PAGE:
The British Bankers Association (BBA) on Friday (April 28) revealed annual consumer lending growth slowed to 6.1% in March compared to 6.5% in February.
The decrease is a substantial deviation from October's figures, which registered a 10-year high of 7.2%.
Sharp declines were particularly observed for credit card borrowing and personal loans.
Mortgage approval for house purchases also decreased by 2.8%. In March, the house purchase loan figure was 41,061 when compared to February's 42,247.
On the other hand, the borrowing growth rate by non-financial companies had increased in March to 3.5%. The growth was mainly driven by increases in lending to the construction, manufacturing, and wholesale and retail sectors.
"In March, annual growth in consumer borrowing from the main high street banks slowed, perhaps mirroring the dip seen in retail sales volumes as price rises appear to have started biting into consumers' spending" said Eric Leenders, BBA Managing Director for Retail Banking.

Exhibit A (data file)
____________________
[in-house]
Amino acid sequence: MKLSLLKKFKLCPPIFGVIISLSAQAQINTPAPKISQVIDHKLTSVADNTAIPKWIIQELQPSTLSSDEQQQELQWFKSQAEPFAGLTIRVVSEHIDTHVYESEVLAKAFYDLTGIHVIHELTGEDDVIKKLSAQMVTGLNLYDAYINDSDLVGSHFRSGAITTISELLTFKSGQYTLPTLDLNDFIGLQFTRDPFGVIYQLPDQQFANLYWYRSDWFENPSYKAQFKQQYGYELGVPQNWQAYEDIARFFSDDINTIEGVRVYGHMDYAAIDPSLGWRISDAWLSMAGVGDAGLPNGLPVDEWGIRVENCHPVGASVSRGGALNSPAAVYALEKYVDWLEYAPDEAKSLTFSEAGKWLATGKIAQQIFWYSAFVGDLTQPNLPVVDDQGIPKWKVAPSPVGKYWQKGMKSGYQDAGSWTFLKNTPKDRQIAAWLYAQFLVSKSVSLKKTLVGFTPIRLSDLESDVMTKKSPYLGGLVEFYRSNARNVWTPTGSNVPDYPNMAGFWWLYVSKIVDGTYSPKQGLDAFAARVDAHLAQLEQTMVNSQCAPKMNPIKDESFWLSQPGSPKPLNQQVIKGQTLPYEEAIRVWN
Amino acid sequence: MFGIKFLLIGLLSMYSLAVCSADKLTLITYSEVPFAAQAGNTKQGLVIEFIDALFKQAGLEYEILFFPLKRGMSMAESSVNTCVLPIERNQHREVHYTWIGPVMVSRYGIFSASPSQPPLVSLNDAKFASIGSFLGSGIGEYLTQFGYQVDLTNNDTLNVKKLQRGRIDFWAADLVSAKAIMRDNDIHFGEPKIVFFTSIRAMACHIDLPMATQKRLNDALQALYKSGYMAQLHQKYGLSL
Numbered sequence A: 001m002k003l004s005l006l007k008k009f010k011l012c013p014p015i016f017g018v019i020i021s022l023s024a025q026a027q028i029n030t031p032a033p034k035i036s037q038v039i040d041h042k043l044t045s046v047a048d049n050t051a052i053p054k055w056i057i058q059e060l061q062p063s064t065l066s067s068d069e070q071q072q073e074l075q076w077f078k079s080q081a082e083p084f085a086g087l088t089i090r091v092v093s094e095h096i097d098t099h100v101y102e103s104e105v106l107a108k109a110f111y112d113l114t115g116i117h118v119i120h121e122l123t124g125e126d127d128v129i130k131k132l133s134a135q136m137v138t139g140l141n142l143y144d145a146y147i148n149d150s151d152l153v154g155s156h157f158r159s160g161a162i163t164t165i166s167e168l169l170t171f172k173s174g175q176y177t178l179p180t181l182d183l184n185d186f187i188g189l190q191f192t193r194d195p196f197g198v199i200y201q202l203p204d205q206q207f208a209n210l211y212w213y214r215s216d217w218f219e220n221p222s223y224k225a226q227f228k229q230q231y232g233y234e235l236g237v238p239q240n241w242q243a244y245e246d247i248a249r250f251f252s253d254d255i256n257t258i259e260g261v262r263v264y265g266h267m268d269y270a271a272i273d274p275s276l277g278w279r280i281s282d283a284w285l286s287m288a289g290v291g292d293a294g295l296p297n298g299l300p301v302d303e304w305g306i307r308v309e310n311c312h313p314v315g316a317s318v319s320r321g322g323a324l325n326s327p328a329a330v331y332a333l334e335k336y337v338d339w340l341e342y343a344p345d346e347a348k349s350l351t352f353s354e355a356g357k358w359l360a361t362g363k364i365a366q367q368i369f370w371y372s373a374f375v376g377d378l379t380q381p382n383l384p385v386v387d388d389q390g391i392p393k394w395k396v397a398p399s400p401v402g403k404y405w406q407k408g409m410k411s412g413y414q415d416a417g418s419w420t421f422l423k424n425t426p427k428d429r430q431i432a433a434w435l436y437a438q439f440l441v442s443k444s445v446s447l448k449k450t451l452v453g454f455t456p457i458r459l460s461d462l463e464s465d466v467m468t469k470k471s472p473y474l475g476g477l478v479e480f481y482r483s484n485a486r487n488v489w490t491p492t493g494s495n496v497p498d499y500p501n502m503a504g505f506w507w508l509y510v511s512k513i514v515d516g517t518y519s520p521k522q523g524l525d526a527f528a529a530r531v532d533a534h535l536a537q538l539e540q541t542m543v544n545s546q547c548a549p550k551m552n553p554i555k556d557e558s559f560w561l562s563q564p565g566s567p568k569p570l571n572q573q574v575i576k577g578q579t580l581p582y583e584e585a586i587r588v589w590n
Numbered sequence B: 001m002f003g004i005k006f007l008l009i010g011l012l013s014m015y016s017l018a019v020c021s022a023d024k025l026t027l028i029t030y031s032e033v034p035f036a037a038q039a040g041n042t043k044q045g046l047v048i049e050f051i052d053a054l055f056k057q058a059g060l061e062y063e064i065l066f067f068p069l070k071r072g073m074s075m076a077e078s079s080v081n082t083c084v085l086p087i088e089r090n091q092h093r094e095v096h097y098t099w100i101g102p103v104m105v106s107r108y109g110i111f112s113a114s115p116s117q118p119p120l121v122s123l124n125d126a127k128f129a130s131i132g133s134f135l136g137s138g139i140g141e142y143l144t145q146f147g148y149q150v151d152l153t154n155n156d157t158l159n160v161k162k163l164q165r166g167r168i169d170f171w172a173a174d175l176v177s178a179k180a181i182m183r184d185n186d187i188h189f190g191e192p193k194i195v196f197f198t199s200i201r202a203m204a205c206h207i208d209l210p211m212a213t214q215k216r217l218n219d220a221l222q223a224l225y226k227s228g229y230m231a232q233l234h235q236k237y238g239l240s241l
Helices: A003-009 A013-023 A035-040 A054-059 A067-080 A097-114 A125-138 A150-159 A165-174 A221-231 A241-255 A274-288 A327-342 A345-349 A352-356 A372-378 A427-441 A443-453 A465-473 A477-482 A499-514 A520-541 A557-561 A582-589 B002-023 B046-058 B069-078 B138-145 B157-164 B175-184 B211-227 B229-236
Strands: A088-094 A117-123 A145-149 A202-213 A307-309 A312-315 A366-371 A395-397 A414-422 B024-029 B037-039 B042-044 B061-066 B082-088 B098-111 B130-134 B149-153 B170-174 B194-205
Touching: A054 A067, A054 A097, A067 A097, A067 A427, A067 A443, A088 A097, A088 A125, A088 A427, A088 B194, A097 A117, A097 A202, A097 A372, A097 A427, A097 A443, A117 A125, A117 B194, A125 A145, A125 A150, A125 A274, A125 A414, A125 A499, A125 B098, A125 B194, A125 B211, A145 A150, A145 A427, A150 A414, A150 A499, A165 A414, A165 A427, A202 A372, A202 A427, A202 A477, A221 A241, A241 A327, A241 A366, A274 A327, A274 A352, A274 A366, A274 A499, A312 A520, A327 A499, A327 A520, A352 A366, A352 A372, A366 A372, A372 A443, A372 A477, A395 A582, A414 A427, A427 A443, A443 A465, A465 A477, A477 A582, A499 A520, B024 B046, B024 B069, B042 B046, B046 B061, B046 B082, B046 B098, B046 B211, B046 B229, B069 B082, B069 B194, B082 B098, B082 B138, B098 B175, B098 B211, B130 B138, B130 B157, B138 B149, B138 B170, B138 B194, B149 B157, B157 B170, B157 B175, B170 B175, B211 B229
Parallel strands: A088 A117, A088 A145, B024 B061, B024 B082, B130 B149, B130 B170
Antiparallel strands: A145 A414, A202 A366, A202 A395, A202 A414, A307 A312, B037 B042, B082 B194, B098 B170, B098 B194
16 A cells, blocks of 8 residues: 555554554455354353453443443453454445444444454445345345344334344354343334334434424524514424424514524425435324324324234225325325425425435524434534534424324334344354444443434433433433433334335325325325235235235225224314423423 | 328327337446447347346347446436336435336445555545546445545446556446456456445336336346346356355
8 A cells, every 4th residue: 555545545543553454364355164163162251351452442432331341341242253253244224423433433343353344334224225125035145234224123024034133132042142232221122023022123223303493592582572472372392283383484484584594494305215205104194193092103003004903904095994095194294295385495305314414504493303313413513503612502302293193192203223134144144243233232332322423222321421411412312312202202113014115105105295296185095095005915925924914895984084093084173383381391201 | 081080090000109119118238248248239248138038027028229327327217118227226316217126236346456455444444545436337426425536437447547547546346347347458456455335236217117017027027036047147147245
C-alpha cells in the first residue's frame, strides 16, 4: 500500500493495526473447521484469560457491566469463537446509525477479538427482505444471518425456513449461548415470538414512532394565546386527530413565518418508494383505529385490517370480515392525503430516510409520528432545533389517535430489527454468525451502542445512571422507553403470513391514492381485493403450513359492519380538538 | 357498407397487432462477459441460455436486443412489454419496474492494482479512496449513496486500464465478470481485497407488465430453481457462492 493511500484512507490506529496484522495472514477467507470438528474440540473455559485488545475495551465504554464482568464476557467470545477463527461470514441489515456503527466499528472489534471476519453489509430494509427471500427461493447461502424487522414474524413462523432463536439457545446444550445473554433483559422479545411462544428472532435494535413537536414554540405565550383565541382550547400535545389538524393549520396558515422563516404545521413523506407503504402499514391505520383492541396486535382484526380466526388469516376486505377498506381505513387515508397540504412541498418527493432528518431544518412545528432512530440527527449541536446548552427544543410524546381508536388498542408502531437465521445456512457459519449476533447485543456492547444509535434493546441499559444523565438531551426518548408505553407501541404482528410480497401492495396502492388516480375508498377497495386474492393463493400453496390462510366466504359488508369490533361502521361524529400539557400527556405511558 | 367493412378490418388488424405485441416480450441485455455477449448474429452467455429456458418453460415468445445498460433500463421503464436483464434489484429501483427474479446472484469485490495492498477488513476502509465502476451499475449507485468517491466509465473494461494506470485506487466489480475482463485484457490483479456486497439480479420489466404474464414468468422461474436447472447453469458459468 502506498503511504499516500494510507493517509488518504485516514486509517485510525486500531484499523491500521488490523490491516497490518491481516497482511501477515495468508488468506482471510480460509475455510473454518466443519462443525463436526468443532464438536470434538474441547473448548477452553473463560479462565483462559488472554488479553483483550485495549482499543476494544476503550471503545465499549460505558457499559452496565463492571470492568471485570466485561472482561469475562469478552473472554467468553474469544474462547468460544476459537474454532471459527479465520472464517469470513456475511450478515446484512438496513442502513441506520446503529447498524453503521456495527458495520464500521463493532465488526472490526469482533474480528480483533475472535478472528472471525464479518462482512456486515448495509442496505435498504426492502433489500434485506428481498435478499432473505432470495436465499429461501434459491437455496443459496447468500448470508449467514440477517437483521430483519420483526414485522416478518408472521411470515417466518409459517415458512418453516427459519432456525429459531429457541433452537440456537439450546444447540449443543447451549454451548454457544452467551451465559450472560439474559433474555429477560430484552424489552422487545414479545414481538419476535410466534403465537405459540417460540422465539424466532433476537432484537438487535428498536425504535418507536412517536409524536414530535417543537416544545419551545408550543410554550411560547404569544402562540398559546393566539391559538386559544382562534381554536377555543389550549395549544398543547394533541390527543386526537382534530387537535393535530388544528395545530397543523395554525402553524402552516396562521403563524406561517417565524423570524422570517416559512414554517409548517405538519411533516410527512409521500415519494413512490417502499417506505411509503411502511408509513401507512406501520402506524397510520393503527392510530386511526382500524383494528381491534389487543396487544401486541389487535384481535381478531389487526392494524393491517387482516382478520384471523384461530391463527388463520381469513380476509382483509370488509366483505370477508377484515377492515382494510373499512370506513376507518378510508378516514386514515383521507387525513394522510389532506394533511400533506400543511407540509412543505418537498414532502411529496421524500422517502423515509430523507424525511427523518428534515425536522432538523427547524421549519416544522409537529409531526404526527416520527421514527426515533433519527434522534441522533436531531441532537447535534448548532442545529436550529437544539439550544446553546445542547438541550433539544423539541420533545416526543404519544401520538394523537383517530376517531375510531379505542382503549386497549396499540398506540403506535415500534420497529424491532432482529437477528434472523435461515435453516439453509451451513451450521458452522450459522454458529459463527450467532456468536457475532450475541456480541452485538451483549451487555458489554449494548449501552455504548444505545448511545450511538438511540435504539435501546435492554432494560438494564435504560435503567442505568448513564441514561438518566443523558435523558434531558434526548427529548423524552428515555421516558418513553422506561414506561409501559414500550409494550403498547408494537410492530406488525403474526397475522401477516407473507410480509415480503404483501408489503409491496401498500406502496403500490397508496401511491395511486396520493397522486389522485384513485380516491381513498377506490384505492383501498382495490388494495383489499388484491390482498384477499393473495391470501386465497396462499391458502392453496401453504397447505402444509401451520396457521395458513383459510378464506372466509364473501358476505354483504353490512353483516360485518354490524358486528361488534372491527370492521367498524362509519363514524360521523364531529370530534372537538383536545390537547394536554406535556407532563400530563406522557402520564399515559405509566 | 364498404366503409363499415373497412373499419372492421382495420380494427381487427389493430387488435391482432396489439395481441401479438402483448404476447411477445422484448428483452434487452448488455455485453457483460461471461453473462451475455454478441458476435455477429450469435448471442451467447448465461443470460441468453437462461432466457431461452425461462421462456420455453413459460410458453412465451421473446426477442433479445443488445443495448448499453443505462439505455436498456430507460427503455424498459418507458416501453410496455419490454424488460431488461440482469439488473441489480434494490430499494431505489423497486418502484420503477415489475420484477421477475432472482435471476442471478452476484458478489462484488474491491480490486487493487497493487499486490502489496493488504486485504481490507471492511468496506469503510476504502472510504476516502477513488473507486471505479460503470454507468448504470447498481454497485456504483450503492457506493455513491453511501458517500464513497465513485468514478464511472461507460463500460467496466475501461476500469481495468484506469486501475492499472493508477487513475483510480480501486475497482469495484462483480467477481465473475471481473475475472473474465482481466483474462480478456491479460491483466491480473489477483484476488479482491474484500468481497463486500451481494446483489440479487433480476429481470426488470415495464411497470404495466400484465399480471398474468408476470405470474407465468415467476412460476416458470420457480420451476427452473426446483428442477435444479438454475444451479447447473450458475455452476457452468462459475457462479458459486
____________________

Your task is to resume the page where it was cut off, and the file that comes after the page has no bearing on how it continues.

The BBA report mirrors the GfK consumer confidence index drop to -7 for March 2017, which was also released on Friday. The fall was mainly driven by concerns over personal finance and economic developments over the past 12 months.
Moreover, a recent report by PwC also estimated a drop in consumer spending growth rate from 3% in 2016 to 2% in 2017, with a further decline to 1.7% in 2018. Debt fuelled spending and increased inflation were attributed to the decline in consumer spending.
The BBA report may be indicative of the fact that consumers' reliance on debt induced spending, which is further aggravated by unsustainable price increases, is beginning to have an impact on credit demand.